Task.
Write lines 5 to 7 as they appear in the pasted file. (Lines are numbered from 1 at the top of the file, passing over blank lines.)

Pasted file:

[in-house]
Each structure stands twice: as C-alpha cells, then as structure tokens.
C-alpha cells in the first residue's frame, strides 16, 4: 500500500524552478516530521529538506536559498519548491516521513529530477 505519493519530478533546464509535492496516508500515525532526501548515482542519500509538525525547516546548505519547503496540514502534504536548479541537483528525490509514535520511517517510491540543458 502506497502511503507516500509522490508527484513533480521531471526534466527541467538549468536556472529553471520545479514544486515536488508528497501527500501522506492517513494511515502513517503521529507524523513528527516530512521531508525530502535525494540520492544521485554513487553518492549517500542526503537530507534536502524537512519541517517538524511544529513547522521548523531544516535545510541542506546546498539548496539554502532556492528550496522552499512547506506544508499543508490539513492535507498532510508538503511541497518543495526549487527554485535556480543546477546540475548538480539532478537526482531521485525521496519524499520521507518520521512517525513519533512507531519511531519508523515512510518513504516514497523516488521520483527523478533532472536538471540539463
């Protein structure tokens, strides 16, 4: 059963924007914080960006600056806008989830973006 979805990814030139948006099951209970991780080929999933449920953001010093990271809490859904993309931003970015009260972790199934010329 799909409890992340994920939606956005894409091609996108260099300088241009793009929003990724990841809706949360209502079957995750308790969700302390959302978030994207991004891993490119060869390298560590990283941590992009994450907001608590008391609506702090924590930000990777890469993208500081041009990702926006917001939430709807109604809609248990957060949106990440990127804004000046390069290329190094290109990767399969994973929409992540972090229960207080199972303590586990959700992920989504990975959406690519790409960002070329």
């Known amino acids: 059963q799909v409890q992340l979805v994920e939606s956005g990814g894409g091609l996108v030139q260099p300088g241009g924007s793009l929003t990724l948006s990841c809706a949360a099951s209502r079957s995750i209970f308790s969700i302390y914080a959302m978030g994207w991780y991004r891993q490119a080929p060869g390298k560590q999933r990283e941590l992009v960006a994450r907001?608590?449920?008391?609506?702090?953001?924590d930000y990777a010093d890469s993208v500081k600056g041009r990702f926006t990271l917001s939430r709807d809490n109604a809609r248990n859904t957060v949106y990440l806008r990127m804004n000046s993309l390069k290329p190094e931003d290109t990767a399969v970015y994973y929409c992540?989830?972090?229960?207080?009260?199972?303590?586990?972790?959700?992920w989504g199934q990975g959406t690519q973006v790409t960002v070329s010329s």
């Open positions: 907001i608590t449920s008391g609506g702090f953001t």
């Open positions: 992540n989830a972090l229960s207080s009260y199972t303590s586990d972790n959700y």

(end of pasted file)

């Known amino acids: 059963q799909v409890q992340l979805v994920e939606s956005g990814g894409g091609l996108v030139q260099p300088g241009g924007s793009l929003t990724l948006s990841c809706a949360a099951s209502r079957s995750i209970f308790s969700i302390y914080a959302m978030g994207w991780y991004r891993q490119a080929p060869g390298k560590q999933r990283e941590l992009v960006a994450r907001?608590?449920?008391?609506?702090?953001?924590d930000y990777a010093d890469s993208v500081k600056g041009r990702f926006t990271l917001s939430r709807d809490n109604a809609r248990n859904t957060v949106y990440l806008r990127m804004n000046s993309l390069k290329p190094e931003d290109t990767a399969v970015y994973y929409c992540?989830?972090?229960?207080?009260?199972?303590?586990?972790?959700?992920w989504g199934q990975g959406t690519q973006v790409t960002v070329s010329s």
């Open positions: 907001i608590t449920s008391g609506g702090f953001t």
């Open positions: 992540n989830a972090l229960s207080s009260y199972t303590s586990d972790n959700y």